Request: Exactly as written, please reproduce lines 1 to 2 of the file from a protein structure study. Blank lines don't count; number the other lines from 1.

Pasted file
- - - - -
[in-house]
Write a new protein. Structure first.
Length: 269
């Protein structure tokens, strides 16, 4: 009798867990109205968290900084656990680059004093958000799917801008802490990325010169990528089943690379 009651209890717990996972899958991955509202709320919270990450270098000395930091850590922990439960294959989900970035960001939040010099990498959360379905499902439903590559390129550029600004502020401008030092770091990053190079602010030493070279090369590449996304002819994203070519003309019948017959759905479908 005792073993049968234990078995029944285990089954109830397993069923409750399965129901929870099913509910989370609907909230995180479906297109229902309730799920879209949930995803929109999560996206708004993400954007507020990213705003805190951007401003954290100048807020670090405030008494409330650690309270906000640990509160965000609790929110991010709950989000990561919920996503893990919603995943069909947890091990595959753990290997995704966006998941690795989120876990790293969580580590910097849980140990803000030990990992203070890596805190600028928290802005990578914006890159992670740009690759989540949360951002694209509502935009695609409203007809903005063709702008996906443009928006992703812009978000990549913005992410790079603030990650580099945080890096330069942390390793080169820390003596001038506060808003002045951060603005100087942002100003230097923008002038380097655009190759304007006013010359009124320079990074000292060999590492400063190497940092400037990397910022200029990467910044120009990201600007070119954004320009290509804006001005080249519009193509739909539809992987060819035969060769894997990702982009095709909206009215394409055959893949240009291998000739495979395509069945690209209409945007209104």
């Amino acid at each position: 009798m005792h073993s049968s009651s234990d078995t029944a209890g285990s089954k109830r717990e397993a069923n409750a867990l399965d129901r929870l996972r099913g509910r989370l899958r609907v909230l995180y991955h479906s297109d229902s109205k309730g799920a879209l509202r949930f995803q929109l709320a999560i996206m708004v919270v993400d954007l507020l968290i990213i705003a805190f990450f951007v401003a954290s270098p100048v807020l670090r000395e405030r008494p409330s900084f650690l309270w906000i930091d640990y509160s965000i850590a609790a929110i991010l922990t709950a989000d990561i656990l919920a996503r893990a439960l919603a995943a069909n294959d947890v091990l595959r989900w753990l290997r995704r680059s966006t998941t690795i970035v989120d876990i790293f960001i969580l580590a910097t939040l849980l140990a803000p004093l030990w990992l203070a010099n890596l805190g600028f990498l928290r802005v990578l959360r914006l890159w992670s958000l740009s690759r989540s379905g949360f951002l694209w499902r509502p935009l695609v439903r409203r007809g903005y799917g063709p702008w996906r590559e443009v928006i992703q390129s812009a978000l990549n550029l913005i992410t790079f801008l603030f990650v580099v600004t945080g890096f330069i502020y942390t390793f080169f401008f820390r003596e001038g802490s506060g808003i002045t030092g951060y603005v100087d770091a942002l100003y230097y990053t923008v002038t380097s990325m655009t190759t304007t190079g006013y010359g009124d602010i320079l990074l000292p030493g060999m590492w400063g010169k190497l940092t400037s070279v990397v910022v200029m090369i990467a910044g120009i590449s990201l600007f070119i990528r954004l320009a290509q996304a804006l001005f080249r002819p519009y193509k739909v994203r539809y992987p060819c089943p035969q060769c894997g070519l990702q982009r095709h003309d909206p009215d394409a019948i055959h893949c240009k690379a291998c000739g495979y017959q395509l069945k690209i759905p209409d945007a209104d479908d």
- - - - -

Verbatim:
[in-house]
Write a new protein. Structure first.